It's Hammer Time
by James Tuttle
Hello from the gentle winds of Palm Springs. When I say “gentle winds,” I mean there should’ve been a fucking storm warning issued for the 92264 tonight but, otherwise, it’s been quite lovely here. Even though the winter polo season is finished and I’m not hitting a little ball from a running horse up and down a big grassy field, I can still sit by the pool and have dinner at the Riviera Hotel with Scott and his mum.
I was on the fence about whether to write about this week’s Celebrity Apprentice or the action film Thor, which I’ve just seen at the Mary Pickford Multiplex in nearby Cathedral City. Multiplexes and Mary Pickford seem to go together about as much as Cathedral City and me, which is to say we don’t. The first time I remember being in Cathedral City —it was in the Target parking lot before we knew Target was chasing the gay dollar and then using it against us — I remarked how it seemed somehow different from Palm Springs. Scott’s mum said, quite matter-of-factly, “Well, James, you know that Cathedral City is where the help lives.” That made so much sense.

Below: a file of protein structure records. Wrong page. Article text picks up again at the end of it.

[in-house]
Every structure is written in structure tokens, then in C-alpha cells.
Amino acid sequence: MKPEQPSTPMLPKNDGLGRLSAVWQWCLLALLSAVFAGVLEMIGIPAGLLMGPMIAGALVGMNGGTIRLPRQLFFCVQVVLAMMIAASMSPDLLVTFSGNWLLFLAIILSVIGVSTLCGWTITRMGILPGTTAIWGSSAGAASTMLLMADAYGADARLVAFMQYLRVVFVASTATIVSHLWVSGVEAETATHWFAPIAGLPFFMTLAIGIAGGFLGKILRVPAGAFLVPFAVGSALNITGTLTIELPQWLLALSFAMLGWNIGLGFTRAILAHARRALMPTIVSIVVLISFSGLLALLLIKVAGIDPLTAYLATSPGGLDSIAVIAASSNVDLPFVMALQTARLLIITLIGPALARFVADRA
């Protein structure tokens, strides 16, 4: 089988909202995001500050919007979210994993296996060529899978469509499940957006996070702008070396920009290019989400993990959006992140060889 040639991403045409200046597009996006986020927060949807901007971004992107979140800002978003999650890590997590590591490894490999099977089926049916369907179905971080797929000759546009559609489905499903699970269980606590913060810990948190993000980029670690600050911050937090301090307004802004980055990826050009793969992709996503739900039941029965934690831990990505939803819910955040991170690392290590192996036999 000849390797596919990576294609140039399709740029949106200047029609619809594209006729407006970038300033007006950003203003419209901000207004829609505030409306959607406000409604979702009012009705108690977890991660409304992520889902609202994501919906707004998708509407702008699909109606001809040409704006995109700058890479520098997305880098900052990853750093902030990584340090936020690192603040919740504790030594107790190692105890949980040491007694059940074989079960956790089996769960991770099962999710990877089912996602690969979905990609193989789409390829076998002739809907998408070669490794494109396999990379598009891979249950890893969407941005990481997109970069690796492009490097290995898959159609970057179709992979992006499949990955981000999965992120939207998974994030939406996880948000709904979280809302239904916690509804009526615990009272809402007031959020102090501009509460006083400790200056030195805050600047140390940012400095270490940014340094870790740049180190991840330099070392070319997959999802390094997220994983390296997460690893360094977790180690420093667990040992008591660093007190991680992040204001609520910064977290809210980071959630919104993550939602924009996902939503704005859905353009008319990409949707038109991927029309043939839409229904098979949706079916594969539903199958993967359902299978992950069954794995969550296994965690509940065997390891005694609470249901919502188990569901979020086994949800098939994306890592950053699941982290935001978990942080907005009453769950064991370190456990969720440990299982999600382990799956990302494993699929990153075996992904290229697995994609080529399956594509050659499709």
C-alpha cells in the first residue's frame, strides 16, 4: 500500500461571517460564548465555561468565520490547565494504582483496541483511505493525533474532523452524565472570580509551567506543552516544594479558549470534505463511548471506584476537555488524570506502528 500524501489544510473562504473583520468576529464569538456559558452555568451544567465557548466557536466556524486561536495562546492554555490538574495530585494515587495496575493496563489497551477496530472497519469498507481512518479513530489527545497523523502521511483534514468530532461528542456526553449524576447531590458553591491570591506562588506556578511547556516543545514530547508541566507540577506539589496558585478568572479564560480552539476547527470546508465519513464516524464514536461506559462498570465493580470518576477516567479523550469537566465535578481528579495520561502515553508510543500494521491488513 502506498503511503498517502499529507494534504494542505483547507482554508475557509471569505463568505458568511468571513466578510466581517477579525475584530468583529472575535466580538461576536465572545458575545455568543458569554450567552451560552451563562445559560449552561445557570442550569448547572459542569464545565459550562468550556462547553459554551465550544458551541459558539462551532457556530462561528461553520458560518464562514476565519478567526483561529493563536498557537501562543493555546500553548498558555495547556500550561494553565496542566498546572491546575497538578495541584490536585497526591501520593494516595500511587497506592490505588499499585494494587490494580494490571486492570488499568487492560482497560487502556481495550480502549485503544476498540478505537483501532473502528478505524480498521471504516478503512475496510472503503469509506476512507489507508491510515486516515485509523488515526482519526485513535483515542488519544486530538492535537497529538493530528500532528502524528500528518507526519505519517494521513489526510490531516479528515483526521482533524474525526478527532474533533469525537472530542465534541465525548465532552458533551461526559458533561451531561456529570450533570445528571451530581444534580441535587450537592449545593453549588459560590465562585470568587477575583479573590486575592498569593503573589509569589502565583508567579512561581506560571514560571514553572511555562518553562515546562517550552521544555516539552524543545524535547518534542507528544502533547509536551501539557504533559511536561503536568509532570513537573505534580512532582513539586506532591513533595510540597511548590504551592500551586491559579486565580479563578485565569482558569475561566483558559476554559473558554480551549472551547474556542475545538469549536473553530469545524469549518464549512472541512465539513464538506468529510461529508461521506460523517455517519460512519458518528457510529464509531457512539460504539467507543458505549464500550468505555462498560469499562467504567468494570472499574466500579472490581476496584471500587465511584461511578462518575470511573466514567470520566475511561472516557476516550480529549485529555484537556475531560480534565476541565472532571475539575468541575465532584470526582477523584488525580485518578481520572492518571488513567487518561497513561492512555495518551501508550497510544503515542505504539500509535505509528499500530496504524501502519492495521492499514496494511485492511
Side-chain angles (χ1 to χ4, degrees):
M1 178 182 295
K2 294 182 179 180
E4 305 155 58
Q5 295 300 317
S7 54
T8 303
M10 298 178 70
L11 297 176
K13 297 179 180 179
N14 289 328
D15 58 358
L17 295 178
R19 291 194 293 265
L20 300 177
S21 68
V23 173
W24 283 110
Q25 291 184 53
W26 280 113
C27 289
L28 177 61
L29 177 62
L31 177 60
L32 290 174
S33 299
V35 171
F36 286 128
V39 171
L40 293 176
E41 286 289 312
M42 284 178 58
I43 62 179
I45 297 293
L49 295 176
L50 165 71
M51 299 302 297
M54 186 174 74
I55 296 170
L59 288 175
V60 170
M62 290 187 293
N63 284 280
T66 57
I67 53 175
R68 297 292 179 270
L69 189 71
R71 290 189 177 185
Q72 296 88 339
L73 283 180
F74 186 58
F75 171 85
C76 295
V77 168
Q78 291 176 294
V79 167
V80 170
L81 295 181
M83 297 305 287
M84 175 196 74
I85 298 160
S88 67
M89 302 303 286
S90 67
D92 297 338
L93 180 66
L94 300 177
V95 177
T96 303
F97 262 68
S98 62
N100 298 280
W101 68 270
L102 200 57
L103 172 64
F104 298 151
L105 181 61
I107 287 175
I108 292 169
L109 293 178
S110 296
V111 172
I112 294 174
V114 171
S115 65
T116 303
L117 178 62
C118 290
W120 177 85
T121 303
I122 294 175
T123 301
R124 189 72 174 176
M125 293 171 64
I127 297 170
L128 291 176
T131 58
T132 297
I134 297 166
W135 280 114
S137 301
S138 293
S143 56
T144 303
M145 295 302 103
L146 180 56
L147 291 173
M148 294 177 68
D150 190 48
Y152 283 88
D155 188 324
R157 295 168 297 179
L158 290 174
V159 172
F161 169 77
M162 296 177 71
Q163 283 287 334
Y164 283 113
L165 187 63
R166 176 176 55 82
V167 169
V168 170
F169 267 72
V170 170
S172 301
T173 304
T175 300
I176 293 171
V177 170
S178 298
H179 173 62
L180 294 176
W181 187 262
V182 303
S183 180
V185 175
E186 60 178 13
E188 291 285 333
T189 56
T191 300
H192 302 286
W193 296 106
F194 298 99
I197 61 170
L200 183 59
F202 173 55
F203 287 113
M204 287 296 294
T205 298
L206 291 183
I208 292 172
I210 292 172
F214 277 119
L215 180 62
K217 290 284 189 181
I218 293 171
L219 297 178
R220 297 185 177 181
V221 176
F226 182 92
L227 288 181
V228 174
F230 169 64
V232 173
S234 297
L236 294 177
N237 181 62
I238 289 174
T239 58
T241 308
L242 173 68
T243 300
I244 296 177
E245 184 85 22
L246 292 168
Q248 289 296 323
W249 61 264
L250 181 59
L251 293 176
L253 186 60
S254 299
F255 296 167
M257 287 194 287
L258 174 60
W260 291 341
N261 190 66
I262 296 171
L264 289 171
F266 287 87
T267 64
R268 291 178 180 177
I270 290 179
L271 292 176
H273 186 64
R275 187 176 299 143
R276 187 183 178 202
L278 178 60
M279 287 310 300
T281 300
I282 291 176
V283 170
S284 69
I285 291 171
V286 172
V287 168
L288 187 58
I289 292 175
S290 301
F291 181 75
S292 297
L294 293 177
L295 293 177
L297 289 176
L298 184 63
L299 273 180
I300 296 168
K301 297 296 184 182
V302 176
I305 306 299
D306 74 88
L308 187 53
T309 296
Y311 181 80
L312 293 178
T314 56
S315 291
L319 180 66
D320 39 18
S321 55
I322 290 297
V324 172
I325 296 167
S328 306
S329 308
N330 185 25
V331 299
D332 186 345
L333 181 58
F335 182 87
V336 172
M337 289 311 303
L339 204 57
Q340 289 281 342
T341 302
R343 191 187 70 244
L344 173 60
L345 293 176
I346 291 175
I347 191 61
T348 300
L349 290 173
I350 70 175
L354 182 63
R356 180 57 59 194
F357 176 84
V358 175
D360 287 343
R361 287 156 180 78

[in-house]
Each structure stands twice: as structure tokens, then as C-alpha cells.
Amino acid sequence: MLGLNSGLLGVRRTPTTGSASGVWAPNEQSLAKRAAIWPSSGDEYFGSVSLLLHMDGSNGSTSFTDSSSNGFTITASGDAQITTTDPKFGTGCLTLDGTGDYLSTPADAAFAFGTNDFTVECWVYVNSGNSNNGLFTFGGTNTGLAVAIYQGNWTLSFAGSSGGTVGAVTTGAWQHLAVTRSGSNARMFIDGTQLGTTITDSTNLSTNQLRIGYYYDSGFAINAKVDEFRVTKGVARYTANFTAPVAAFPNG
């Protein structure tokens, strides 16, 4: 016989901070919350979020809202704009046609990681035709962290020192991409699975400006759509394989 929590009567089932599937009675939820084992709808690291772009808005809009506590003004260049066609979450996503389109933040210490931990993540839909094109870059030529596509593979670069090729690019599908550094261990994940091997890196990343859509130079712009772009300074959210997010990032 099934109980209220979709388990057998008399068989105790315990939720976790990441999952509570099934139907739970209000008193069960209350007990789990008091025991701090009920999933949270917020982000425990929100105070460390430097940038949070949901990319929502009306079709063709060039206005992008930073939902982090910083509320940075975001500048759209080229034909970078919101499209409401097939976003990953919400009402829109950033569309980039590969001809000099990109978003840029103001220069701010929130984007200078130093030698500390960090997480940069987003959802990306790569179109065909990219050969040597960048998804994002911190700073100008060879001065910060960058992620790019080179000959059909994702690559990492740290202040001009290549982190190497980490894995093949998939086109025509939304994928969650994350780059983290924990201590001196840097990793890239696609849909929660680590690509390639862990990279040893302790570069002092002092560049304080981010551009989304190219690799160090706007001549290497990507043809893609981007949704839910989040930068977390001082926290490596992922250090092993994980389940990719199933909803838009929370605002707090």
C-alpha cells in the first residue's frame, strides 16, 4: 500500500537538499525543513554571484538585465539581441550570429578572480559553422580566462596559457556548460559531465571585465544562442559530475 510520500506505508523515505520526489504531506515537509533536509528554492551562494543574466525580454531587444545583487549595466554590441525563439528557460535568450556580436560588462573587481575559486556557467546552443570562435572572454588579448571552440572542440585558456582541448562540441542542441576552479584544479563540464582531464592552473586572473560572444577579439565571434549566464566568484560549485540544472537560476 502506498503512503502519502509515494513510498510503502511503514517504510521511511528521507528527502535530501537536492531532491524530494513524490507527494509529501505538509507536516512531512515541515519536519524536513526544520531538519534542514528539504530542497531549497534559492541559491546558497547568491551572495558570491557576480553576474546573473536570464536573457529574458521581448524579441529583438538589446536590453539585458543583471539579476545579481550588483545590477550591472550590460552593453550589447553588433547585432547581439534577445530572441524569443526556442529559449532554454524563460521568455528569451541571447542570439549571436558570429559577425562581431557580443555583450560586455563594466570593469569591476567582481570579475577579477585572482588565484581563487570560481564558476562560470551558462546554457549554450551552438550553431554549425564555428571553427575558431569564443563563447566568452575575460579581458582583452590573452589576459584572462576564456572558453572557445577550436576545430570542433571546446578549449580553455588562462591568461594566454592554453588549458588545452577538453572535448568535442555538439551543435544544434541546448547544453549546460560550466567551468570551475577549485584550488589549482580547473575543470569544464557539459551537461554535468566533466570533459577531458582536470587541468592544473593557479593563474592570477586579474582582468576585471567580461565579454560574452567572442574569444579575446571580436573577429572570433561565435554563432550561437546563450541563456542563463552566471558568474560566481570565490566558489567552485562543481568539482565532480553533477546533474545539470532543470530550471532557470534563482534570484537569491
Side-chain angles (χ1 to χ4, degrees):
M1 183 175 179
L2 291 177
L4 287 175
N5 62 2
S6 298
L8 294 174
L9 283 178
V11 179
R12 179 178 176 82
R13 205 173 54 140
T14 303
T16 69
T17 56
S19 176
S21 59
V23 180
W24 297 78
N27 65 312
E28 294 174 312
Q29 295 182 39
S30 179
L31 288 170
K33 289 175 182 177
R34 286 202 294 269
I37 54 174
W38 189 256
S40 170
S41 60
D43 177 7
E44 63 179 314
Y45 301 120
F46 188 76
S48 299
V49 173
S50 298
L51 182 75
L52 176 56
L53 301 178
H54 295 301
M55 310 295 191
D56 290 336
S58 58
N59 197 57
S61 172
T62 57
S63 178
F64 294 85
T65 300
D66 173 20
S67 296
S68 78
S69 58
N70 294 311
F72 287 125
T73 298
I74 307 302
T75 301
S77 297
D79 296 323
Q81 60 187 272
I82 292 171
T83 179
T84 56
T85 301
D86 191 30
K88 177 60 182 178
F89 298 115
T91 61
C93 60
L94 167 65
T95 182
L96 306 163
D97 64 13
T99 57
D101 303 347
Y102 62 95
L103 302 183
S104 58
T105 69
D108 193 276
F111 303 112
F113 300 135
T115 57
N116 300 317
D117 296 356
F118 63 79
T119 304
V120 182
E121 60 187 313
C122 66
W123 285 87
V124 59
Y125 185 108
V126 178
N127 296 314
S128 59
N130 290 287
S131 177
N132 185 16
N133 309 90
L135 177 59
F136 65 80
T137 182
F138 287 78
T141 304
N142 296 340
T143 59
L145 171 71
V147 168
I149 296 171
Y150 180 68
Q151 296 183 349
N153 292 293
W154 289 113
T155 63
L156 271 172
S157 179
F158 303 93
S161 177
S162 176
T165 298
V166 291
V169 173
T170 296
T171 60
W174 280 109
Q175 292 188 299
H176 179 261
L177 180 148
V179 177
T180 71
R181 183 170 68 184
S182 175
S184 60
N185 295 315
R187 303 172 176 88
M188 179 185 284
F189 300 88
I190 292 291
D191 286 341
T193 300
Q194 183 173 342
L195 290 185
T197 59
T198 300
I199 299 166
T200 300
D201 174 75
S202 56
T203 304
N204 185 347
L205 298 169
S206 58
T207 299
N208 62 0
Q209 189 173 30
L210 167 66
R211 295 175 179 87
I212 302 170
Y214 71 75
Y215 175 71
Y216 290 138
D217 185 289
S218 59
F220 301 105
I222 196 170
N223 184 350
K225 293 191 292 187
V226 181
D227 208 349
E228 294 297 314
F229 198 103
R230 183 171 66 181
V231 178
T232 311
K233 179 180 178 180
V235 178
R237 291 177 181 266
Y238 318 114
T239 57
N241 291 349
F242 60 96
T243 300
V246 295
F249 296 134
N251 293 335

In the end, NeNe kind of scares me so I’m going to go with Thor. Aren’t you glad? I was, too, until I realized that, in a full two-hour movie, hunky Australian Chris Hemsworth only took his shirt off once. ONCE!! He looked great without the shirt but it was a little odd when he put it back on and you had time to focus on his hair, which was kind of jacked, and his eyelashes dyed black in a forest of blond. As for his acting, he is pretty annoying before he gets beaten down and learns the lesson of humility. Oh, spoiler alert! Damn, too late. Anyway, he’s quite genuine when he’s quiet and relaxed and we really start to feel for him.
The acting overall is quite even. Natalie Portman is a nicely balanced character, even a bit funny at times. The superhero types are mostly hammy and blustery but that’s to be expected. Anthony Hopkins is amazingly restrained and human in his role, ironically, as Thor’s father, the Norse über-god Odin. It’s the best I’ve seen from him in years.
In my eyes, director Kenneth Branagh scored the biggest coup by casting queeny Olympic figure skater Johnny Weir as Thor’s troubled brother Loki, who only does all those evil and nefarious things to win his father’s love. He should have just gone to the gym and done a couple of cycles of steroids. It even looks like he did his own costumes! Wait, what’s that? That wasn’t Johnny Weir? Are you sure? I could have sworn!
A further note on the costuming: Why do the government agents always have to wear blatantly inappropriate footwear? These guys showed up in the dusty New Mexican desert at the site of what they believe to be a satellite crash in black Oxfords and black socks. Do they wear hiking boots around their office building in Langely, Virginia? I think not.